“Don’t let your guard down,” the National Weather Service warned.
Authorities ordered residents to leave their homes in some areas Parts of Santa Cruz CountyAs well as Santa Barbara County, officials warned of flooding, mudslides and debris flows in areas left burned by wildfires five years ago.
In Watsonville, a farming town near Monterey Bay southeast of Santa Cruz, Andy Gonzalez, 69, is one of many under one. Mandatory eviction order Wednesday afternoon. But he said he had no plans to leave his home.
Already, a few days ago, there was a flood.
“It was good until New Year’s Eve,” he said. Then, at around 8 pm, the water overflowed and entered his house as mud. Mr. Gonzalez said she saw people in boats rescuing residents in her neighborhood, which is mostly elderly.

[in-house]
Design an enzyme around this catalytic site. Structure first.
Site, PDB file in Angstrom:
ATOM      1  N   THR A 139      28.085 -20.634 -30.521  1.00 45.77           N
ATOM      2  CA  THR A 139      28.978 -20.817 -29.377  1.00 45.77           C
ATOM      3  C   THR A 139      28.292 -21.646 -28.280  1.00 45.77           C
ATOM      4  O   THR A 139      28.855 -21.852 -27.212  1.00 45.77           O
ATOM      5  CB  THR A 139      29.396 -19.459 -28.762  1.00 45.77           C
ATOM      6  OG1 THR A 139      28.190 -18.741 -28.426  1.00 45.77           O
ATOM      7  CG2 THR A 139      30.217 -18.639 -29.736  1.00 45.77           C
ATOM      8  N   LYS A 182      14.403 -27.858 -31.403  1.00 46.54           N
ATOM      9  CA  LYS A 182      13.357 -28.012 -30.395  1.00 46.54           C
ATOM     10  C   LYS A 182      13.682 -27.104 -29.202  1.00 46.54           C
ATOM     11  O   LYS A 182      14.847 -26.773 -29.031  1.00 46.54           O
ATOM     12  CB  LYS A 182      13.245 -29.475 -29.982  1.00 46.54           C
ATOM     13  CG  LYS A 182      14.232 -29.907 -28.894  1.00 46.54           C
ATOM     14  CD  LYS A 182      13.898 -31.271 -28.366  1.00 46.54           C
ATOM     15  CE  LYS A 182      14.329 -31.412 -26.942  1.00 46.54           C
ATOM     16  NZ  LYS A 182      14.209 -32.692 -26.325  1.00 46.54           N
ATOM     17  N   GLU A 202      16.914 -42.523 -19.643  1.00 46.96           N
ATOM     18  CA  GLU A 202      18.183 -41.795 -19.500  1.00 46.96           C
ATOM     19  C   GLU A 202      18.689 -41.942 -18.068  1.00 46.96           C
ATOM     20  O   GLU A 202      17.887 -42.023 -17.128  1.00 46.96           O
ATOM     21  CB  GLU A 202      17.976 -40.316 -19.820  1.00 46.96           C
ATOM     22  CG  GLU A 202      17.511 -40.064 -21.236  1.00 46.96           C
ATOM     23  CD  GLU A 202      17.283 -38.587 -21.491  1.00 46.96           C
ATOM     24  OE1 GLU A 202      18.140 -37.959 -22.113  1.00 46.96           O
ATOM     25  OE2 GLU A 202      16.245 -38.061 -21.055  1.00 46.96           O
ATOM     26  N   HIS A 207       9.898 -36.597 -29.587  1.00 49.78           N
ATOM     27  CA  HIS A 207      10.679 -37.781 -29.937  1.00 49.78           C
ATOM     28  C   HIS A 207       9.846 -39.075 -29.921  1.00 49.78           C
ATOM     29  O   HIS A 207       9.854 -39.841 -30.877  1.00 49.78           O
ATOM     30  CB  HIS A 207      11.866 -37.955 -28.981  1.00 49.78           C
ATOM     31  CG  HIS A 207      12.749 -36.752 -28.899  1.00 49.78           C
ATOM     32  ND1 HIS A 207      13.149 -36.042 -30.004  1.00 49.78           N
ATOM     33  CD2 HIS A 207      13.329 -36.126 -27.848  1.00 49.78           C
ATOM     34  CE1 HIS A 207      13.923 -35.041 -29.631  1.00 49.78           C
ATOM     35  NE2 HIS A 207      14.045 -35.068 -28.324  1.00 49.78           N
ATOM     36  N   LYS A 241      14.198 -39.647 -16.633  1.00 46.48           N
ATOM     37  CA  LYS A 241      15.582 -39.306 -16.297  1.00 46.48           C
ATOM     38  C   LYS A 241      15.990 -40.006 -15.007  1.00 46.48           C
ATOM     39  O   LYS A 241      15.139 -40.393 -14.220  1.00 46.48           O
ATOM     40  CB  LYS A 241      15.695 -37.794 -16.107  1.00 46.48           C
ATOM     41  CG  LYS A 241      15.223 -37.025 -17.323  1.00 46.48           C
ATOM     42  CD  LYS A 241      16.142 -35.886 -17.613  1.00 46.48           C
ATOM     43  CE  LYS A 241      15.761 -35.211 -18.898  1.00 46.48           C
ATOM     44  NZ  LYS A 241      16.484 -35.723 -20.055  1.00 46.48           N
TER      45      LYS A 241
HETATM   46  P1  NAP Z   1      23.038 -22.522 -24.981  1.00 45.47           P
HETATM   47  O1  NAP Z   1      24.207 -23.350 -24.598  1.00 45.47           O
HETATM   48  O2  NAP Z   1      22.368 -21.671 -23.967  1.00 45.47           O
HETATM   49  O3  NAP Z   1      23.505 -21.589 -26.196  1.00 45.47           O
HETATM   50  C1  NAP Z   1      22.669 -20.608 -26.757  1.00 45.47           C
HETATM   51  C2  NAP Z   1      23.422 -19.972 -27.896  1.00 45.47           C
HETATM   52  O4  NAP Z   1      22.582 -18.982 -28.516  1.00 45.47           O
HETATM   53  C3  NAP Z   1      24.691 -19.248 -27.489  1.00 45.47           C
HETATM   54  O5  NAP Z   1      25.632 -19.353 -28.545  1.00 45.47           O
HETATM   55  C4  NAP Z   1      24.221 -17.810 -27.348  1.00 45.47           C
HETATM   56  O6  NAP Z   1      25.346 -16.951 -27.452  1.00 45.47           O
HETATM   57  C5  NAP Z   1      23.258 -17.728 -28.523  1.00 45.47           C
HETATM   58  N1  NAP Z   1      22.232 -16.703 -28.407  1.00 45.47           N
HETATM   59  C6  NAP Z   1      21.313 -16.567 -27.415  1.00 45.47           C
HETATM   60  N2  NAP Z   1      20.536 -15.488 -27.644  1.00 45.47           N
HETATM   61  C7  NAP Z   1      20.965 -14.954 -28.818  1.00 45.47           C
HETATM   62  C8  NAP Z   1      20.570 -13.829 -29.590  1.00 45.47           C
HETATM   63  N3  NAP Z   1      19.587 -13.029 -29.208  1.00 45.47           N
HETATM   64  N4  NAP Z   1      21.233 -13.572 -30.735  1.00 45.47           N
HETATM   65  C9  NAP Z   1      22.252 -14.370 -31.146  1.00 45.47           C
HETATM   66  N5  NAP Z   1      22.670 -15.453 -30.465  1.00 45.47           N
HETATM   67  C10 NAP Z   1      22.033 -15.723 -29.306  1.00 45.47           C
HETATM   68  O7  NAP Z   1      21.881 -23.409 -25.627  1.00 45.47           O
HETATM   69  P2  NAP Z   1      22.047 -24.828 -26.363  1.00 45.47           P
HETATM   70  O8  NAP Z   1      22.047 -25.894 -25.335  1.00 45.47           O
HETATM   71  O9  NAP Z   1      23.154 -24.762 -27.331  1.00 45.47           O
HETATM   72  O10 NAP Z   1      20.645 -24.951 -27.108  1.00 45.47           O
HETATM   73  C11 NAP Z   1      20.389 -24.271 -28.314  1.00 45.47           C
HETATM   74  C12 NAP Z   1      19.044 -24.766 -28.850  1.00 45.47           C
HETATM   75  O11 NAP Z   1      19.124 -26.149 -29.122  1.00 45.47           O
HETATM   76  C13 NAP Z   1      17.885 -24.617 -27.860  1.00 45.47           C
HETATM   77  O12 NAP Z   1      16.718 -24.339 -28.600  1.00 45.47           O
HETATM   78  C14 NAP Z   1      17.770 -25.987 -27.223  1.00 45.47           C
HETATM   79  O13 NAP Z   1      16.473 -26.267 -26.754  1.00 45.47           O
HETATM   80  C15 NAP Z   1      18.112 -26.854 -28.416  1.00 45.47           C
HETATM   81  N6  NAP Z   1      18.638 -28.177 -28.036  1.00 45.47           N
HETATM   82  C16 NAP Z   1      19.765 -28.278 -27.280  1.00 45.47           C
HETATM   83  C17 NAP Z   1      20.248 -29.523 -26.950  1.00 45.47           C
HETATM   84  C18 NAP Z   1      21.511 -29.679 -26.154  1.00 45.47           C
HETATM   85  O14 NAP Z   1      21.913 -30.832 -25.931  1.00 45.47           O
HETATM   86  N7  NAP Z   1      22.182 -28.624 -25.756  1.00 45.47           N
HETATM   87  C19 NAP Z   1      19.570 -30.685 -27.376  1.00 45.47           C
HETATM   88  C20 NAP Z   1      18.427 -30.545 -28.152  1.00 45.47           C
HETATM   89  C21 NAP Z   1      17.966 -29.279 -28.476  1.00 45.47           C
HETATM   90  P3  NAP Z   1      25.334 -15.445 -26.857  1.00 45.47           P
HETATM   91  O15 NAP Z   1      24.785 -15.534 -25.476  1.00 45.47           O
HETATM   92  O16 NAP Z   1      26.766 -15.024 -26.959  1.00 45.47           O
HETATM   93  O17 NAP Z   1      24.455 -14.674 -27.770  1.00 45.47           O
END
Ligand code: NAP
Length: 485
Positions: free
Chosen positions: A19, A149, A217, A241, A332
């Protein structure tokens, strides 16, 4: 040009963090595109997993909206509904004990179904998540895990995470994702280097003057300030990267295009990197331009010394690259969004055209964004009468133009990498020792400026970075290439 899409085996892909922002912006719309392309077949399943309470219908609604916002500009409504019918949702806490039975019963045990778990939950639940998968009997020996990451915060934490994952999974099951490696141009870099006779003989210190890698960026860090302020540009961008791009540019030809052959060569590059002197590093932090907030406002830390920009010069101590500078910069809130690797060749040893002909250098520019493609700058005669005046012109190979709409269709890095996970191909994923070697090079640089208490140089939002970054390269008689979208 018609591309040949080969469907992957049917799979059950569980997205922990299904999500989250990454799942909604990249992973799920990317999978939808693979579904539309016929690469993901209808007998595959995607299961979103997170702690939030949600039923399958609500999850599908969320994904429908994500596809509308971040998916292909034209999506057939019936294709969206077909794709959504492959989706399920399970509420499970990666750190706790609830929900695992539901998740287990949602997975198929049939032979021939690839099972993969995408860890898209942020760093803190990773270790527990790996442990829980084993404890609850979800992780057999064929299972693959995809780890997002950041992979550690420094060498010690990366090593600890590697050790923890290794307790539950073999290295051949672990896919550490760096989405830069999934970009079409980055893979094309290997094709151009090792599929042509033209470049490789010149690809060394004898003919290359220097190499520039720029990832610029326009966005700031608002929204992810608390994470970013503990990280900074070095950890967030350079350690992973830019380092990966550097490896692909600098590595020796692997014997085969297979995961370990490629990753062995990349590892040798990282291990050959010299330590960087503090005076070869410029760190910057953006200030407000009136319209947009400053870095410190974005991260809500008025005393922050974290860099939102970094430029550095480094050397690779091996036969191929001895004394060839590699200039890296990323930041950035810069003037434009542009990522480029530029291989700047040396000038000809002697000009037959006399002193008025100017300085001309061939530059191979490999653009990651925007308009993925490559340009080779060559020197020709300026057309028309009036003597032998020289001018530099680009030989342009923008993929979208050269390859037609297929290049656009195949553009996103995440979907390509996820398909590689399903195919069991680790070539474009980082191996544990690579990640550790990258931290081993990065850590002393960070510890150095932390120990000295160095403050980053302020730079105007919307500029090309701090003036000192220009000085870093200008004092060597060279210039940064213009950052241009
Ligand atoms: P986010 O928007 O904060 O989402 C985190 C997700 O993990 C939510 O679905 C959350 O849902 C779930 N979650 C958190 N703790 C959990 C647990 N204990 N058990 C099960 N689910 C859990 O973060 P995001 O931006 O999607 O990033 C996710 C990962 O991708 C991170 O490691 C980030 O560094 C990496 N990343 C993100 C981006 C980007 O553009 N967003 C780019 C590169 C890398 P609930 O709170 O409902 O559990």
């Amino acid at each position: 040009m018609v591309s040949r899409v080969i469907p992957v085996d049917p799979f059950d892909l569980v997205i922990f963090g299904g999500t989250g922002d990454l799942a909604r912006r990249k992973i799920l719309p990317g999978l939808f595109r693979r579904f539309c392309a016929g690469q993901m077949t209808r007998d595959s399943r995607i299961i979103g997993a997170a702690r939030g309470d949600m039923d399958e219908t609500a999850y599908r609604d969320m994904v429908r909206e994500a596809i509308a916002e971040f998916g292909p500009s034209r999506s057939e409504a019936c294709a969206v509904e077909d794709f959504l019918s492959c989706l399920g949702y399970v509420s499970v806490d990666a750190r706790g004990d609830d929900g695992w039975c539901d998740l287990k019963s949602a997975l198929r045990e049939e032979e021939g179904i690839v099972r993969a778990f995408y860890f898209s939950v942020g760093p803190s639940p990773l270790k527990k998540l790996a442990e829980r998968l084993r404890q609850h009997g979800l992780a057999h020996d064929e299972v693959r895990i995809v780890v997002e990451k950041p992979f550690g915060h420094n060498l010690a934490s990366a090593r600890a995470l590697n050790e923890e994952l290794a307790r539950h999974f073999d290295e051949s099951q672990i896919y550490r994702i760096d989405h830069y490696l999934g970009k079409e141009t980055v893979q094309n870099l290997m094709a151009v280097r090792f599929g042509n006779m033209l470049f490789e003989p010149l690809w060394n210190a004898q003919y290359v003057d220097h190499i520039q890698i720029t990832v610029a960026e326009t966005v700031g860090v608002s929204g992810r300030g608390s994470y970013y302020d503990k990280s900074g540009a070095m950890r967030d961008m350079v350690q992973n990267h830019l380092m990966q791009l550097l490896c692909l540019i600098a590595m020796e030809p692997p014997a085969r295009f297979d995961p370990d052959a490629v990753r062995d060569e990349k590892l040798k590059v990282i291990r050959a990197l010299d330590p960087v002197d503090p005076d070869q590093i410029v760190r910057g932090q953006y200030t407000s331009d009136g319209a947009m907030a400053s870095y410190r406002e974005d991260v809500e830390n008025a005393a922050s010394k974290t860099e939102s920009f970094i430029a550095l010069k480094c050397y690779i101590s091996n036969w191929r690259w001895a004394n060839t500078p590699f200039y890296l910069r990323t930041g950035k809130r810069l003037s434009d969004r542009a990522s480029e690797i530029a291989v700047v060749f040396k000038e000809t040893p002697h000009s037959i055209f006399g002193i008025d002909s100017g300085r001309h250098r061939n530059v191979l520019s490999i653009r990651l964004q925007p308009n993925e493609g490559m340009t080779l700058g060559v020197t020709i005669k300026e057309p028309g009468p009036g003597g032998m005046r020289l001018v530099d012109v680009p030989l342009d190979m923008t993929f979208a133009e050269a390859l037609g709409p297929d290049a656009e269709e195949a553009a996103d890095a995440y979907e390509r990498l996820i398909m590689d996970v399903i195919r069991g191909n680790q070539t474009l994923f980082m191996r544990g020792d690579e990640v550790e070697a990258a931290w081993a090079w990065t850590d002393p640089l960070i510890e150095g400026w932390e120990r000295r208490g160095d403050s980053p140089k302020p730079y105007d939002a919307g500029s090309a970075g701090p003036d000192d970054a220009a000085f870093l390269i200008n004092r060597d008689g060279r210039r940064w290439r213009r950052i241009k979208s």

Since then, Mr. Gonzales has been cleaning up. As a new round of rain approached California on Wednesday, he helped shore up the neighborhood with sandbags as his relatives moved to a hotel.
“Everybody’s scared,” he said. “The place is like a ghost town.”
In one area of the Bay Area city of Richmond, local officials worked Wednesday to prevent a landslide. Mayor Tom Butt said a resident alerted him to some scarp and rock falling from a mountain on Tuesday, which was saturated and visibly cracked after days of rain.